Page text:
While many know that customer experience has become a powerful differentiator for organizations, the majority of businesses are only at the brink of shifting their strategies in order to keep up. The majority of CEOs (63 percent) polled in IBM’s recent C-suite Study said that their organizations still do not have an integrated physical and mobile strategy for customer engagement. Continue Reading »
By Cheryl Burgess
I couldn’t think of a better way to welcome the New Year than to participate in IBM’s upcoming Connect Conference, held from Jan. 26-30 in Orlando, Florida. At the conference, I will be co-presenting a panel with IBM’s Ethan McCarty (@ethanmcc). The session, titled “The Social Employee: Branding From the Inside, Out,” will focus on the importance of building a culture of engaged brand ambassadors who can represent their company in the digital bazaar.
Of course, whether we’re talking about brands or our own bodies, in order to function well externally, we must first work to take care of ourselves Continue Reading »
Richard Silberman in
By Richard Silberman, Writer/Researcher, IBM Communications
The way Michelle Zhou sees it, Big Data gets a bad rap.
All too often, it’s portrayed as a means for huge companies to use personal data strictly for profit; the realm of ravenous marketing where individuals feel a complete loss of control over their personal information.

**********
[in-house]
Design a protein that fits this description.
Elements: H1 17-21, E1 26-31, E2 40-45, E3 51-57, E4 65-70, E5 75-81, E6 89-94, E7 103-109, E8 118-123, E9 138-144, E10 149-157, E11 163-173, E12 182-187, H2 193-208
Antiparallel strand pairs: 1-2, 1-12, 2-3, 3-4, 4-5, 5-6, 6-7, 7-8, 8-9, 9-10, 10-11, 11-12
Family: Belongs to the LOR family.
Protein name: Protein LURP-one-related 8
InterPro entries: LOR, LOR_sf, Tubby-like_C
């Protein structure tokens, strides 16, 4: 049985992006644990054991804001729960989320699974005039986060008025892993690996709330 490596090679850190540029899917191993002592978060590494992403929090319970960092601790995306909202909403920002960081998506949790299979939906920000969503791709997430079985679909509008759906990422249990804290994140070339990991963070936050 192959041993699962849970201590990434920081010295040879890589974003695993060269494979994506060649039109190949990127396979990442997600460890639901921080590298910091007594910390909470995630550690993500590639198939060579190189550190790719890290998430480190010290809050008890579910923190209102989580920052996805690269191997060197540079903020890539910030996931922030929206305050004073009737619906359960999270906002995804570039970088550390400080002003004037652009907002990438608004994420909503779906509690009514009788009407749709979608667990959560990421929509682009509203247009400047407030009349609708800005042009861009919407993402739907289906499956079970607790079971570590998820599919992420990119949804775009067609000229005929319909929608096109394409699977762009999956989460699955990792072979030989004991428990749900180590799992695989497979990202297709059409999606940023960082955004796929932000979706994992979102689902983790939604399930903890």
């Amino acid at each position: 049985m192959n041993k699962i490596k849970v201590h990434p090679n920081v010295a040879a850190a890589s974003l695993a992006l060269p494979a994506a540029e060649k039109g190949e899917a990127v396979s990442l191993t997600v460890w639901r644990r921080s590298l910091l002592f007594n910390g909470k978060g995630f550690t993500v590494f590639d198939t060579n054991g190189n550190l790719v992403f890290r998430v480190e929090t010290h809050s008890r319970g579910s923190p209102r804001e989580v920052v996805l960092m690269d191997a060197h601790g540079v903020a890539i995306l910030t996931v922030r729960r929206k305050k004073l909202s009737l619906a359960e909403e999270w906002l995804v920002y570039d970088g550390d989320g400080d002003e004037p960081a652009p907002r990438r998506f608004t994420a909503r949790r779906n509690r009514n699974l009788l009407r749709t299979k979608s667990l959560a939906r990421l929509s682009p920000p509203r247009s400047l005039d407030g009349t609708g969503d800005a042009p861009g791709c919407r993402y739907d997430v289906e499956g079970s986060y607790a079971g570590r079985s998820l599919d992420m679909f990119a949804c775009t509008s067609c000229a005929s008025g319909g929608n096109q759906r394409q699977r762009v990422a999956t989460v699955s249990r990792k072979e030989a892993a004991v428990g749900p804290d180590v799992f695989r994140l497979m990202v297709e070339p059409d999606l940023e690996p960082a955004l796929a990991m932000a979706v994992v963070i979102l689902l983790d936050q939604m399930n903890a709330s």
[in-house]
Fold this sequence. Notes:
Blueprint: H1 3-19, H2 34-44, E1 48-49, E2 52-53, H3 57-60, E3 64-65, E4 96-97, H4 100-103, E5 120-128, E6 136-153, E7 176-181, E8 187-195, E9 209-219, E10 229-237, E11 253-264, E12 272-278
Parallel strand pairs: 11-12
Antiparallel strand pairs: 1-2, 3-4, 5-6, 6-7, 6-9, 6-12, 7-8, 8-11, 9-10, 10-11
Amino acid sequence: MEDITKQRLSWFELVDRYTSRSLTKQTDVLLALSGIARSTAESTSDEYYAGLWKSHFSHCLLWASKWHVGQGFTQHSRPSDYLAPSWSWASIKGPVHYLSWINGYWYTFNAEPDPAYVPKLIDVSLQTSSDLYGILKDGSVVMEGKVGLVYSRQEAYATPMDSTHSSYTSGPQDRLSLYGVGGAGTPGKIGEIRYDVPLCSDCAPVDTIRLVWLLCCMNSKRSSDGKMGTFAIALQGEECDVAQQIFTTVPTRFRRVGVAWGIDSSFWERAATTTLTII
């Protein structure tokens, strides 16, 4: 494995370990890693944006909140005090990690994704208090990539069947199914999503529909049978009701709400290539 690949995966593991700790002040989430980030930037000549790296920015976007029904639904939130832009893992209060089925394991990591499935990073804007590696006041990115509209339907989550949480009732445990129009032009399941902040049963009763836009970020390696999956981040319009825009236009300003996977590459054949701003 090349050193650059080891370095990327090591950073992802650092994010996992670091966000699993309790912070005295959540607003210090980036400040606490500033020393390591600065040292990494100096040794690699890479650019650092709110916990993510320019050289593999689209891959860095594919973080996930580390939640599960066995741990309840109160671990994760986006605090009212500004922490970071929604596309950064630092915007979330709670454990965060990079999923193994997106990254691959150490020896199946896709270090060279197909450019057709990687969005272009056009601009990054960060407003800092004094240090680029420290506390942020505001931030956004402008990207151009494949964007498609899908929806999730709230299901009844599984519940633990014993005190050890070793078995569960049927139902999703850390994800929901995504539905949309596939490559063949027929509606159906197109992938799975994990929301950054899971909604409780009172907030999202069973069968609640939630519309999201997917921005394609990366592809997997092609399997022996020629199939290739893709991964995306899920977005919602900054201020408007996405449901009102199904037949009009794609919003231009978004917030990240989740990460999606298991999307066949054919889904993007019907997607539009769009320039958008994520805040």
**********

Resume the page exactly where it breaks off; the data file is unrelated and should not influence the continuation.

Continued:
Zhou, senior manager for the User Systems and Experience Research (USER) group at IBM Research – Almaden in California, approaches Big Data from the polar opposite perspective. She sees a fundamental power shift underway, where individuals wield control of their own data and can use it to not only empower themselves, but to change the world.
“Big Data is not just about business and marketing,” Zhou said. “It’s increasingly about individuals using it strategically for their own benefit, to improve their lives.” Continue Reading »
By Ethan McCarty
A brand’s true currency is its reputation, which derives from all the experiences people have with it. Maintaining that reputation requires a delicate balance, especially when we’re all connected through social media.
The key to success for today’s brands is to embrace authenticity. This means exploring ways to engage individuals instead of demographics. It’s proving relevance and value through utility instead of making over-simplified claims. And it means allowing employees and advocates to have a share in the corporate voice. Ours is a world that increasingly favors transparency over a neatly packaged message.
Throughout its history, IBM has maintained that its brand is best experienced through the IBMer. After all, what could we possibly say about ourselves that could be more interesting than our researchers finding new ways to treat cancer or developing computer chips that have neurons and synapses? Continue Reading »